The Escape: A Memoir

Daria Riksa Anugerah


Stasiun Depok Baru was always busy. Some people ran to chase their train, some waited on the bench looking at their phone. Mothers with kids were busy trying to keep their children in the safe zone, and the officers were talking to each other, accompanied by their cups of hot coffee.

This station was my routine when I went to a university in Depok; I used to go there at 6.45 a.m. when it’s packed with hundreds of people. My morning was usually started by running out of breath because I rushed to catch the train. However, in the middle of the second semester, it changed.

It was Wednesday, April 2016, the second week after the mid-term exam. I arrived at Depok Baru at the usual time. I looked around, there were so many strange faces and they seemed to know where they were going. Their steps were steady and focused, while I was just standing at the entrance gate—didn’t know where to go. I dragged my feet to the bench, I knew I should’ve taken the train to my university because it has been almost a week since the last time I went to class. I told everyone I had business to do in my hometown, while actually, I was still in Depok and never left.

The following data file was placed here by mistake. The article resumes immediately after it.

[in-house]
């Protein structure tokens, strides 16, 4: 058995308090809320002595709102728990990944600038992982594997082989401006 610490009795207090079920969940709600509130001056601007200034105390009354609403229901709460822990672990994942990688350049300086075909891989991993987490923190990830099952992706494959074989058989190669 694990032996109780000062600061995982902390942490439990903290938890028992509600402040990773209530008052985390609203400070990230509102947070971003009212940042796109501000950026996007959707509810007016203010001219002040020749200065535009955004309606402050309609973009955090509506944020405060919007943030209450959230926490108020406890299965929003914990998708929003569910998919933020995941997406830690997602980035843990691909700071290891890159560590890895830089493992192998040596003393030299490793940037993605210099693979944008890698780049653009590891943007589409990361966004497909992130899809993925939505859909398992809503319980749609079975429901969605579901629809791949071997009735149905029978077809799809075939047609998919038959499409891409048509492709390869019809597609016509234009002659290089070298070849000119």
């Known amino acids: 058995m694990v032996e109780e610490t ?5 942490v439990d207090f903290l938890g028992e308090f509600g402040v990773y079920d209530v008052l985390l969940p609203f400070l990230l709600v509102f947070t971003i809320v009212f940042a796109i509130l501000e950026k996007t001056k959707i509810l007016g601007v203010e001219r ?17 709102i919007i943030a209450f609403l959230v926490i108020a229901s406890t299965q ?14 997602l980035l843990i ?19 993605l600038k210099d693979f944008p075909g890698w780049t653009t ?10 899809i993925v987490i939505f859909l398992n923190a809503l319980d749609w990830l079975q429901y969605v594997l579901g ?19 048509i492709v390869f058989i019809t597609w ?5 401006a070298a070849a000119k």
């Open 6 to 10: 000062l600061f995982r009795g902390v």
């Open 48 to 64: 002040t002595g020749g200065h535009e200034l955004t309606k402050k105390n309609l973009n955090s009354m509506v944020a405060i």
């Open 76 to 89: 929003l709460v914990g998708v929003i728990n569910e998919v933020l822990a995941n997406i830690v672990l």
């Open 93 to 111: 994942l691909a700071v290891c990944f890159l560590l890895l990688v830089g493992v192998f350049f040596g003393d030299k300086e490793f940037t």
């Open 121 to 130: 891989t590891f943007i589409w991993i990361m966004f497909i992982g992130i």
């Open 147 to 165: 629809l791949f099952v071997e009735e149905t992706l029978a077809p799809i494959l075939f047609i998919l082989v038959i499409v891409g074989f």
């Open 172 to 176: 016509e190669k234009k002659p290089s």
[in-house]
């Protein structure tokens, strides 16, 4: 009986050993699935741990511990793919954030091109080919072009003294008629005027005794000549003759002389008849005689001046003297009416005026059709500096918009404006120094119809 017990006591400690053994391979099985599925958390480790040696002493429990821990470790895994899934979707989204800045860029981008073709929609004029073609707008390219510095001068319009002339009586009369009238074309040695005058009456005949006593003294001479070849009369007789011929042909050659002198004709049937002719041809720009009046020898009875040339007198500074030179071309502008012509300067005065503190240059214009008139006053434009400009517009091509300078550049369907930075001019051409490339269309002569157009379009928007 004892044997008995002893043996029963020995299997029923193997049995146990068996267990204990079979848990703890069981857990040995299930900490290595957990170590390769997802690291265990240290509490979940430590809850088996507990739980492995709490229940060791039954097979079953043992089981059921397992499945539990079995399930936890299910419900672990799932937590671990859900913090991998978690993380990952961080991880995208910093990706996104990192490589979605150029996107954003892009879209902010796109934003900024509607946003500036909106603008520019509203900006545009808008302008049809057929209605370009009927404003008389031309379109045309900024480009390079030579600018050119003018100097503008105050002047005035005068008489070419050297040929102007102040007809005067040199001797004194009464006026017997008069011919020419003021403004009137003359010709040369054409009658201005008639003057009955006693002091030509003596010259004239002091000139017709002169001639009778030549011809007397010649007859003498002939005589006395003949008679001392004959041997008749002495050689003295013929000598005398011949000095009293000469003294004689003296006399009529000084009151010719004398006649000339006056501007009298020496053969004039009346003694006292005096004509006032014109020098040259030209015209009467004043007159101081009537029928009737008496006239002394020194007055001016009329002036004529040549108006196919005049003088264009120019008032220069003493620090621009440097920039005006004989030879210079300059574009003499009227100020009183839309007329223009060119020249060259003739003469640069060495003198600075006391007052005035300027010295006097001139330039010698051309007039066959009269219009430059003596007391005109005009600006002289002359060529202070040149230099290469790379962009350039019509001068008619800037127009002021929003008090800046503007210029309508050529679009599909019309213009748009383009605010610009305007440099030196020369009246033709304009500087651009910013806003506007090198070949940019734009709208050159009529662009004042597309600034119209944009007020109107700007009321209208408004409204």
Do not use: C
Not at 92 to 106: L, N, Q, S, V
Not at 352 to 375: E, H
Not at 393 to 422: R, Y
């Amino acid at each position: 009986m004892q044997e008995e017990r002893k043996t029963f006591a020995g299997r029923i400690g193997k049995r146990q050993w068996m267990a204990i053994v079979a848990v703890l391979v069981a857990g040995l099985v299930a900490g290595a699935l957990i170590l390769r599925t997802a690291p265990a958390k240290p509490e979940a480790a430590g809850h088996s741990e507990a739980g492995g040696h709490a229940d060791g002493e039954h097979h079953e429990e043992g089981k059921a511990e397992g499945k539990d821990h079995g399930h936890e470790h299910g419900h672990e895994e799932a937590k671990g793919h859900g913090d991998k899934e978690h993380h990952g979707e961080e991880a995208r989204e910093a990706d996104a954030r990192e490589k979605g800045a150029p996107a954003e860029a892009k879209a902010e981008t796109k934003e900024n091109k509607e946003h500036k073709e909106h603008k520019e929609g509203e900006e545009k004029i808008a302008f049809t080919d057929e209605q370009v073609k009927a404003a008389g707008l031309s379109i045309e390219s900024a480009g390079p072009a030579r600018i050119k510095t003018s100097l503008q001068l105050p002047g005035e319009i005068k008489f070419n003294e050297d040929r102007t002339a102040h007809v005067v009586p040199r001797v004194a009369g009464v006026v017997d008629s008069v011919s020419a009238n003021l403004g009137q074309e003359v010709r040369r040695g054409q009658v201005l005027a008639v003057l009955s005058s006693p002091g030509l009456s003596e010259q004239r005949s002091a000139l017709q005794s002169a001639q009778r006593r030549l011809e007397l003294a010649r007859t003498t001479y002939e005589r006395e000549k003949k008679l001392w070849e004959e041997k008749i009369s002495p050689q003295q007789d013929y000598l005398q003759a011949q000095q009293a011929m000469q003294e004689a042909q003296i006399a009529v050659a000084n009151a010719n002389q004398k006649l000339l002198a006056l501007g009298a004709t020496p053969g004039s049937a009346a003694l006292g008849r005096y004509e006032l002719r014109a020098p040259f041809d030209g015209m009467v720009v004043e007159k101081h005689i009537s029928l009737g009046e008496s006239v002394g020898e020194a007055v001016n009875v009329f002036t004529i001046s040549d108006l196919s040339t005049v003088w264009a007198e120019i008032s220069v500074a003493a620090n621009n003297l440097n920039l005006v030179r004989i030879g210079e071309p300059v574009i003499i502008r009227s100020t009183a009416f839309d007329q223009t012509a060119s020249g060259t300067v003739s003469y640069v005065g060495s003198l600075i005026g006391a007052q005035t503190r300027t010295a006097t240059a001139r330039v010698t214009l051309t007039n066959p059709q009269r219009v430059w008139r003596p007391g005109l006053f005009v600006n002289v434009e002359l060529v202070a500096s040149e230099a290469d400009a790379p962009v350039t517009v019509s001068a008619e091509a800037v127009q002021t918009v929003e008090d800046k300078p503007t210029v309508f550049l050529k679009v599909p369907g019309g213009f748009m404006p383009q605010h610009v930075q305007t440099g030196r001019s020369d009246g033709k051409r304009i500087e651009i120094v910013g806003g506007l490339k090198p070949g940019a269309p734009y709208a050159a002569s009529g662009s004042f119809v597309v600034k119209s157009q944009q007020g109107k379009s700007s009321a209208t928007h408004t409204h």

I was running away.

The train stopped and the door was opened, people immediately rushed to get in. My body was trapped between them, I was asphyxiated—I panicked and drew myself from the crowd. I took a deep breath and looked at my phone, there was a text from my best friend, asking me where I was and told me he was worried. I was startled, then with a heavy sigh, I pushed the block button on his profile without replying anything to him.